By Sabrina Chesterman

At the nexus of the United Nations (UN) Decade on Ecosystem Restoration, the UN Convention to Combat Desertification climate conference, and that of the UN Framework Convention on Climate Change, the Regreening Africa Workshop in Rwanda was an excellent moment to bring together committed partners and actors in the country. Key Rwandan partners in restoration – from science, community, practice, policy and investment – came together in July this year to jointly formulate a clear action plan to accelerate land restoration and resilience in the country. Themed Inclusive and Evidence-based Approaches to Accelerating Land Restoration in Rwanda, the workshop was hosted by World Vision Rwanda and World Agroforestry (ICRAF) in collaboration with the Rwanda Forestry Authority.

Alex Mugayi, Regreening Africa country project manager gives a presentation at the workshop. Photo: Regreening Africa/Kelvin Trautman

The workshop, facilitated by the Regreening Africa Stakeholder Approach to Risk Informed and Evidence Based Decision Making (SHARED) component, identified the necessary priorities – for the farming community, researchers, national and local government as well as funders – to establish a robust, inclusive and sustainable action plan for restoring degraded land in Rwanda. Participants included farmers, World Vision employees, representatives from the European Union and GIZ, the German Federal Enterprise for International Cooperation, researchers from ICRAF, and several regional and national government officials. Together, they considered the current state of science, practice and policy for promoting agroforestry and land restoration in Rwanda that can accelerate positive change for landscapes and livelihoods. This was done through an interactive “evidence wall” allowing inclusive discussion and interrogation of data and key insights on the Regreening Africa programs.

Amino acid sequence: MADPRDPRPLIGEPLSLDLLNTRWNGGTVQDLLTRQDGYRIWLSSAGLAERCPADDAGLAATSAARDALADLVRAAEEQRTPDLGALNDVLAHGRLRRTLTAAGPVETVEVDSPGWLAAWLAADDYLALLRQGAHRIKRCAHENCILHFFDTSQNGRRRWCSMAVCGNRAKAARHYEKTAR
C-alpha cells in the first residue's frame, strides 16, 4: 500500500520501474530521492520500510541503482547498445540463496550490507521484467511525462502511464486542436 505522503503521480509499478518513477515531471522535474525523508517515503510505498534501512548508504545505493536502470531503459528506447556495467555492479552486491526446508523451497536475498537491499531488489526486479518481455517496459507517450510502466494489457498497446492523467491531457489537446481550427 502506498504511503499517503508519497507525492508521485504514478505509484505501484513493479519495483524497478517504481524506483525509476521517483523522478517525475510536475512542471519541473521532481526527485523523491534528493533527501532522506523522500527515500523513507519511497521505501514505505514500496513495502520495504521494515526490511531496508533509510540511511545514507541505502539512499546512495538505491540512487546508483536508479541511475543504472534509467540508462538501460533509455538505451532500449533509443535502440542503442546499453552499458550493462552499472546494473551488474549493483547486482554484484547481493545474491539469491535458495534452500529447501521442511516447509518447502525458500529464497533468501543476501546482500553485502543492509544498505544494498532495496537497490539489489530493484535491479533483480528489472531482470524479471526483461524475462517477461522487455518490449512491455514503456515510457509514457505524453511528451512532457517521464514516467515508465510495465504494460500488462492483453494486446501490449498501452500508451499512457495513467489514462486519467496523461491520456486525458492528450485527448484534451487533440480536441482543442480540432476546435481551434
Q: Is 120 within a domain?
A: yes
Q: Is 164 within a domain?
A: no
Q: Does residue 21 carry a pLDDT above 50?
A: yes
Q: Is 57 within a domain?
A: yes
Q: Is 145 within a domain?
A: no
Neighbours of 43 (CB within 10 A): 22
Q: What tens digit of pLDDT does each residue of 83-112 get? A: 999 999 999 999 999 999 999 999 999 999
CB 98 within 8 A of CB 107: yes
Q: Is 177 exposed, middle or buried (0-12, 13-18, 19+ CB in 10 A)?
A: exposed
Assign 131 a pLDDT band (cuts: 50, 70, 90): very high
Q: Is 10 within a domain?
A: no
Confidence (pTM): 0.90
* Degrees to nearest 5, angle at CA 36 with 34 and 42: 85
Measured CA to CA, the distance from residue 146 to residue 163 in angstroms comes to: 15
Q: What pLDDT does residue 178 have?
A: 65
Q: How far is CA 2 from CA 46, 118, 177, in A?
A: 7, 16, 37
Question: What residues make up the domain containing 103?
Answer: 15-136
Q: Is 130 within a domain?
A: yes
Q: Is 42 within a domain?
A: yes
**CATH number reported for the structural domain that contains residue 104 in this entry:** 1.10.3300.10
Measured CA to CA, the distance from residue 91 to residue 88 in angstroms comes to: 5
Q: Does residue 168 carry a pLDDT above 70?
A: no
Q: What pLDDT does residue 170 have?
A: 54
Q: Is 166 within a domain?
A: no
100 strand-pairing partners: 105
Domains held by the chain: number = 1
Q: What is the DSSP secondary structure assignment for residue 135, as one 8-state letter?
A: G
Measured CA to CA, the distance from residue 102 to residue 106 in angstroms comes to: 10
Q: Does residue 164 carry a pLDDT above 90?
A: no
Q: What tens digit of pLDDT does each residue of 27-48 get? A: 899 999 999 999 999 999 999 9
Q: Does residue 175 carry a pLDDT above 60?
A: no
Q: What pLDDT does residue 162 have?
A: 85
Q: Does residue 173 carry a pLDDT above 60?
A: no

As part of this evidence wall, participants were also updated on how Rwanda is taking up the Regreening Africa app. There were also key conversations on how to align the Regreening Africa dashboard with the Rwanda Forestry Authority’s complementary work to allow easy access to critical data to inform restoration planning. The interactive workshop also had key working group discussions that were particularly helpful in identifying incentives to increase the uptake of and benefits from land restoration, and pinpoint existing and future programs, strategies, policies and resources to sustain and expand restoration efforts.

Participants at the workshop examine a poster on the evidence wall.  Photo: Regreening Africa/Kelvin Trautman

World Vision’s Alex Mugayi, who has led the implementation of the project in Rwanda, drew everyone’s attention to two major Regreening Africa successes: the lead farmer model, which the government wants to scale up in other projects and locations, and the development of training networks through rural resource centers.